(Unsplash, 2018)

This article is brought to you thanks to the strategic cooperation of The European Sting with the World Economic Forum.

Author: Sean Fleming, Senior Writer, Formative Content

The head of Britain’s Secret Intelligence Service (SIS), commonly referred to as MI6, has called for a new era of tech-enabled espionage techniques to cope with the challenges of the Fourth Industrial Revolution (4IR).

As the technological and biological worlds converge, the 4IR will open up possibilities for businesses and individuals, blurring the lines between the physical and the digital. From the Internet of Things (IoT) to artificial intelligence (AI) and machine learning, processes and patterns of behaviour are changing and speeding up.

These technologies are solving some of mankind’s most intractable problems. But, as the World Economic Forum’s founder and executive chairman, Klaus Schwab, pointed out when he coined the term Fourth Industrial Revolution, “we do not yet know just how it will unfold”.

This uncertainty is one of the themes the head of SIS, Alex Younger, touched on during a recent speech at the University of St Andrews in Scotland: “The era of the Fourth Industrial Revolution calls for a fourth generation espionage: fusing our traditional human skills with accelerated innovation, new partnerships and a mindset that mobilises diversity and empowers the young. The degree of interconnectedness between nations, peoples and systems today, the ubiquitous nature of information, and the exponential pace of technological change, are making the world dramatically more complicated.”

The MI6 HQ building in London – not very covert.
Image: Alastair Rae, Creative Commons 2.0

Younger is referred to internally at SIS as C, keeping with a tradition set by the Service’s first chief, Captain Sir Mansfield George Smith-Cumming, who signed his letters with the letter C.

“When your defences as a country are being probed on multiple fronts at the same time, it can be difficult to see the totality of what your opponent is trying to do,” Younger told the audience at St Andrews.

Whether it’s state-sponsored or orchestrated cyber attacks, international terrorism, or solo hackers, the sophistication of attack tools is growing all the time. As are the number of potential weak spots for attackers to focus their efforts on. One of the consequences of the IoT is that there are now many millions of smart devices in use across enterprise computing networks. Each represents a potential way into that corporate network if it hasn’t been adequately secured.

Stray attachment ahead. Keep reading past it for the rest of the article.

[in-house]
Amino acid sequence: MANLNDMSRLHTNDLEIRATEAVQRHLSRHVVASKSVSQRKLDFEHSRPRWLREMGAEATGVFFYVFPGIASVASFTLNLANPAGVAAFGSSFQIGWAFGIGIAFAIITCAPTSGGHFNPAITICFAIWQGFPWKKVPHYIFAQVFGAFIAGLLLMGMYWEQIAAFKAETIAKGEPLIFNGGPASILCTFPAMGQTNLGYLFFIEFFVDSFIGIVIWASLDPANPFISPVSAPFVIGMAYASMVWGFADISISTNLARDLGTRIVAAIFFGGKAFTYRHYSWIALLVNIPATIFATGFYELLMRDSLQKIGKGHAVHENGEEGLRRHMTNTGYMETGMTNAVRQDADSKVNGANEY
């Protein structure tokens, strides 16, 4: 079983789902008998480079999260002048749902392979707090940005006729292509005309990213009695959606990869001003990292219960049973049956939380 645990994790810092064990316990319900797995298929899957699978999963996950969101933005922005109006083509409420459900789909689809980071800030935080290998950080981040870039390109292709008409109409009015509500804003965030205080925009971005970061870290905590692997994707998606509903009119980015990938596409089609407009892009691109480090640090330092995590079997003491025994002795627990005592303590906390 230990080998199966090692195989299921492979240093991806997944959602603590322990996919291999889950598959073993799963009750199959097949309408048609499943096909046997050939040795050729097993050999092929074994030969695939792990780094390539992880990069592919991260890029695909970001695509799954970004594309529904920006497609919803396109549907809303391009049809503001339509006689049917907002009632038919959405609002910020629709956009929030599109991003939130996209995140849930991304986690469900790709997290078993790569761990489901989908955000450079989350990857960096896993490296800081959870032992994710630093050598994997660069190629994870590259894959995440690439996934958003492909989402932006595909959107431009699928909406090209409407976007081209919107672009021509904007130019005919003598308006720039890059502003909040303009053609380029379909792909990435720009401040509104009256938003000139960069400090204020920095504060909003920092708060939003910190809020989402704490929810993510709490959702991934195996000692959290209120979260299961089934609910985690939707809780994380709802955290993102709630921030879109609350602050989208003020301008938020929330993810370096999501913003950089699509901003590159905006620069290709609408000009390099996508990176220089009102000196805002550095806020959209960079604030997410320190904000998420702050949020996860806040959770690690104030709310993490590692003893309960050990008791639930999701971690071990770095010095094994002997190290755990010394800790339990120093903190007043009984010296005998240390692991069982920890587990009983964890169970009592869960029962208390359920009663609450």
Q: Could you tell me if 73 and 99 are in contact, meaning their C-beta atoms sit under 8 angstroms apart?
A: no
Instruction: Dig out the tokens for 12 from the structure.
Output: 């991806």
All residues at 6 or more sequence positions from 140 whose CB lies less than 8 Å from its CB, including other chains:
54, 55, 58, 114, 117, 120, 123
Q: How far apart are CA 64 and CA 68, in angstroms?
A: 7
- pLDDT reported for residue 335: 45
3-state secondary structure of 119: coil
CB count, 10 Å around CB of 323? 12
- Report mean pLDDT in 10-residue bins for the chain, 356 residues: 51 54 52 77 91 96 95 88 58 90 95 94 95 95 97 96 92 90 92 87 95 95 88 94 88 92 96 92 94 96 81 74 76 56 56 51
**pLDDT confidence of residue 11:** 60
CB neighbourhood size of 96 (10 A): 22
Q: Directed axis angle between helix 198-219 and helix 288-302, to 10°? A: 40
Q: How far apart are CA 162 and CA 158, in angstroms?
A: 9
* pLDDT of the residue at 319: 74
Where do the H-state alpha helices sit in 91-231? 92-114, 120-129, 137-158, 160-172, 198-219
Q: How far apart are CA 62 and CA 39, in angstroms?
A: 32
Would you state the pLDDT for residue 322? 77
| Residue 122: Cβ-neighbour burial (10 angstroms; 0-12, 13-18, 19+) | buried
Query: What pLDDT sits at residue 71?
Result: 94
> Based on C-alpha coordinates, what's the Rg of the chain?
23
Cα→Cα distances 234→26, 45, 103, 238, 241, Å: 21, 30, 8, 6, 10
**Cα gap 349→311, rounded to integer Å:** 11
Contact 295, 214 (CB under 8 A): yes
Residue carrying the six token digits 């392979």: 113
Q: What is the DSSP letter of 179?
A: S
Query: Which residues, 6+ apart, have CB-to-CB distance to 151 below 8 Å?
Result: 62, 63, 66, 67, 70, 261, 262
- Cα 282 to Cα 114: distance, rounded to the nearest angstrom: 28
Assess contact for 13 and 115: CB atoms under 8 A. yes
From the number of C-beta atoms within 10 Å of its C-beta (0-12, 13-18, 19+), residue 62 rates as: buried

The World Economic Forum’s Global Risks Report 2018 identified cybersecurity breaches as one of the most pressing threats to mankind. It also ranks cyber attacks third among risks most likely to happen in the next 10 years.

World Economic Forum Global Risks Report 2018
Image: World Economic Forum

But despite the growing complexity of the threat landscape, Younger was able to sound a note of restrained optimism. “We and our allies face a battle to make sure technology works to our advantage, not to that of our opponents. Liberal democracies should approach this with confidence, as the originators of this technology. Our task now is to master covert action in the data age.

“So we are evolving rapidly. Cyber is now our fastest-growing directorate. We are shifting our focus to the nexus between humans and technology. And for the first time … we are pursuing a completely different type of partnership with the tech-innovation community, giving the private and academic community the role we need and they deserve.”

The SIS was formed in 1909, although its existence wasn’t officially admitted by the UK government until 1994 when it moved to its present headquarters at Vauxhall Cross in London. Its focus is on the collection of secret intelligence and on overseas operations, working alongside the UK’s other intelligence units, M15 (domestic intelligence matters) and the General Communications Headquarters (GCHQ) which monitors phone calls, emails, and satellite communications.